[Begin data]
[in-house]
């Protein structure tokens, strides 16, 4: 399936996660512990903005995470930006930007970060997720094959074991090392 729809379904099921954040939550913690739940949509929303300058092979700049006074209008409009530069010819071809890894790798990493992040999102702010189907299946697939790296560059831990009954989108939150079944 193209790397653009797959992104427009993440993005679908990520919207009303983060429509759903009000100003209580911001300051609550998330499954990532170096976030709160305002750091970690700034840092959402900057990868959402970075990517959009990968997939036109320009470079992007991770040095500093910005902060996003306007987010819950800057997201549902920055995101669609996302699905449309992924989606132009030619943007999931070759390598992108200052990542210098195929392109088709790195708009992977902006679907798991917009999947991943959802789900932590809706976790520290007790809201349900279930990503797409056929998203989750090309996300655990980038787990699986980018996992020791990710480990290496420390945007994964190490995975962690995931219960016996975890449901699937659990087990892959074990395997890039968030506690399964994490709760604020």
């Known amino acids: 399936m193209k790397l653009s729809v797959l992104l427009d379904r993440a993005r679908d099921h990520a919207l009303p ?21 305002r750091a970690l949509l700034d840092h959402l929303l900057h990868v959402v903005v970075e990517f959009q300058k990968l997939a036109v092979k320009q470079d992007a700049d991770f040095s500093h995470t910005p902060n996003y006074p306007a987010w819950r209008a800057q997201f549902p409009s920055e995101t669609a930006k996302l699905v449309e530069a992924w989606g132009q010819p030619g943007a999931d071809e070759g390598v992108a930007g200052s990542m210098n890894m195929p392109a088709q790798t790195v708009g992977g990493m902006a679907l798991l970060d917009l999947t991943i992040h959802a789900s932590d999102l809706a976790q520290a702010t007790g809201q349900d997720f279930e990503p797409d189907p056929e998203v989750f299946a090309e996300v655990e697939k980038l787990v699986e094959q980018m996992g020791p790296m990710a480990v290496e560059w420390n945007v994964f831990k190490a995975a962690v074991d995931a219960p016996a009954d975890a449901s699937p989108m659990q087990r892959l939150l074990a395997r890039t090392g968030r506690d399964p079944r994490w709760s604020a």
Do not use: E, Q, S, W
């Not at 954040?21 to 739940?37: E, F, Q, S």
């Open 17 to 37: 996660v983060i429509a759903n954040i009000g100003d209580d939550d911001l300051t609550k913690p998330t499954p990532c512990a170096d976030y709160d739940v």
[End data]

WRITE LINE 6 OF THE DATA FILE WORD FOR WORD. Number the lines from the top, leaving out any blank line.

């Open 17 to 37: 996660v983060i429509a759903n954040i009000g100003d209580d939550d911001l300051t609550k913690p998330t499954p990532c512990a170096d976030y709160d739940v």